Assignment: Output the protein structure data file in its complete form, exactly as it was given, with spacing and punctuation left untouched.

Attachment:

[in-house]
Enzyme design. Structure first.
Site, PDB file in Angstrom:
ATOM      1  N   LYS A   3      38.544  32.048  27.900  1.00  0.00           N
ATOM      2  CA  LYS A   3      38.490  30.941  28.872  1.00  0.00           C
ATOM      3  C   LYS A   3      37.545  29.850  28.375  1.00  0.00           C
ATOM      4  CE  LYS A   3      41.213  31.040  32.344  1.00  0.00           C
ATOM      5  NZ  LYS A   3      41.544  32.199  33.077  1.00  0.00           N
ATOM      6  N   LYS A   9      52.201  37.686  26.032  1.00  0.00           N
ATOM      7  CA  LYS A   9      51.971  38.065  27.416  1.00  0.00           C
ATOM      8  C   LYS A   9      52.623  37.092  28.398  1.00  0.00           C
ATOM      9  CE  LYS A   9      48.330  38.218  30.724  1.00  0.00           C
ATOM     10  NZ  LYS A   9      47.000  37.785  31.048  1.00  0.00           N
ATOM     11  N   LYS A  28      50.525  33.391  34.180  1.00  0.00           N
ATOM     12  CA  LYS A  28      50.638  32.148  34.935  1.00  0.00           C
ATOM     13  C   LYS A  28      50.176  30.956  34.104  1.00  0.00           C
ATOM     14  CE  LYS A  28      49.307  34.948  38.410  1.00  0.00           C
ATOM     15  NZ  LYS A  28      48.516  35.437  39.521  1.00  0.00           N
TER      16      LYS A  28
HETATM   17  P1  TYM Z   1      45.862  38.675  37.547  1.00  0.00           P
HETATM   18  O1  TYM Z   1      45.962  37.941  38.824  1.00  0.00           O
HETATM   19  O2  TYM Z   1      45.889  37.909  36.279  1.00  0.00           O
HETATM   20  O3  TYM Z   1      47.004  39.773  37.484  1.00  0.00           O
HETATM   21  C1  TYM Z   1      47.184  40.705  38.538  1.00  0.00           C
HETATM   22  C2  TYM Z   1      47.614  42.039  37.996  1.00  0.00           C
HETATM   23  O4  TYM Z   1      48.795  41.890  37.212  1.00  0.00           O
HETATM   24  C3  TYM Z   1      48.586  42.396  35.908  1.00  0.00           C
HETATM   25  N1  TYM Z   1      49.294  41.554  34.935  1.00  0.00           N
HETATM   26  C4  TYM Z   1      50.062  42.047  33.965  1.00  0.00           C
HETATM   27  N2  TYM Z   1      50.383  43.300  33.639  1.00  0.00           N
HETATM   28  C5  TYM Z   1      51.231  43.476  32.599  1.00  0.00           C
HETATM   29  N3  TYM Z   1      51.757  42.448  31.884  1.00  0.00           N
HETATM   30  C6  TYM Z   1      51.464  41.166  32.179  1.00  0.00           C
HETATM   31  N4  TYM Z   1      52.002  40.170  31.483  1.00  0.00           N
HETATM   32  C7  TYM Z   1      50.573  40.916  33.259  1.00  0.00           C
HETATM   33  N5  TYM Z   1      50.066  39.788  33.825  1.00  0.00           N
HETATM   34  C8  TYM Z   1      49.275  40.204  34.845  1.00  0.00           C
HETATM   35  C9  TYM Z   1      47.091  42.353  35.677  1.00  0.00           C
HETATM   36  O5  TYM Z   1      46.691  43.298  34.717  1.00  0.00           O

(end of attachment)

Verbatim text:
[in-house]
Enzyme design. Structure first.
Site, PDB file in Angstrom:
ATOM      1  N   LYS A   3      38.544  32.048  27.900  1.00  0.00           N
ATOM      2  CA  LYS A   3      38.490  30.941  28.872  1.00  0.00           C
ATOM      3  C   LYS A   3      37.545  29.850  28.375  1.00  0.00           C
ATOM      4  CE  LYS A   3      41.213  31.040  32.344  1.00  0.00           C
ATOM      5  NZ  LYS A   3      41.544  32.199  33.077  1.00  0.00           N
ATOM      6  N   LYS A   9      52.201  37.686  26.032  1.00  0.00           N
ATOM      7  CA  LYS A   9      51.971  38.065  27.416  1.00  0.00           C
ATOM      8  C   LYS A   9      52.623  37.092  28.398  1.00  0.00           C
ATOM      9  CE  LYS A   9      48.330  38.218  30.724  1.00  0.00           C
ATOM     10  NZ  LYS A   9      47.000  37.785  31.048  1.00  0.00           N
ATOM     11  N   LYS A  28      50.525  33.391  34.180  1.00  0.00           N
ATOM     12  CA  LYS A  28      50.638  32.148  34.935  1.00  0.00           C
ATOM     13  C   LYS A  28      50.176  30.956  34.104  1.00  0.00           C
ATOM     14  CE  LYS A  28      49.307  34.948  38.410  1.00  0.00           C
ATOM     15  NZ  LYS A  28      48.516  35.437  39.521  1.00  0.00           N
TER      16      LYS A  28
HETATM   17  P1  TYM Z   1      45.862  38.675  37.547  1.00  0.00           P
HETATM   18  O1  TYM Z   1      45.962  37.941  38.824  1.00  0.00           O
HETATM   19  O2  TYM Z   1      45.889  37.909  36.279  1.00  0.00           O
HETATM   20  O3  TYM Z   1      47.004  39.773  37.484  1.00  0.00           O
HETATM   21  C1  TYM Z   1      47.184  40.705  38.538  1.00  0.00           C
HETATM   22  C2  TYM Z   1      47.614  42.039  37.996  1.00  0.00           C
HETATM   23  O4  TYM Z   1      48.795  41.890  37.212  1.00  0.00           O
HETATM   24  C3  TYM Z   1      48.586  42.396  35.908  1.00  0.00           C
HETATM   25  N1  TYM Z   1      49.294  41.554  34.935  1.00  0.00           N
HETATM   26  C4  TYM Z   1      50.062  42.047  33.965  1.00  0.00           C
HETATM   27  N2  TYM Z   1      50.383  43.300  33.639  1.00  0.00           N
HETATM   28  C5  TYM Z   1      51.231  43.476  32.599  1.00  0.00           C
HETATM   29  N3  TYM Z   1      51.757  42.448  31.884  1.00  0.00           N
HETATM   30  C6  TYM Z   1      51.464  41.166  32.179  1.00  0.00           C
HETATM   31  N4  TYM Z   1      52.002  40.170  31.483  1.00  0.00           N
HETATM   32  C7  TYM Z   1      50.573  40.916  33.259  1.00  0.00           C
HETATM   33  N5  TYM Z   1      50.066  39.788  33.825  1.00  0.00           N
HETATM   34  C8  TYM Z   1      49.275  40.204  34.845  1.00  0.00           C
HETATM   35  C9  TYM Z   1      47.091  42.353  35.677  1.00  0.00           C
HETATM   36  O5  TYM Z   1      46.691  43.298  34.717  1.00  0.00           O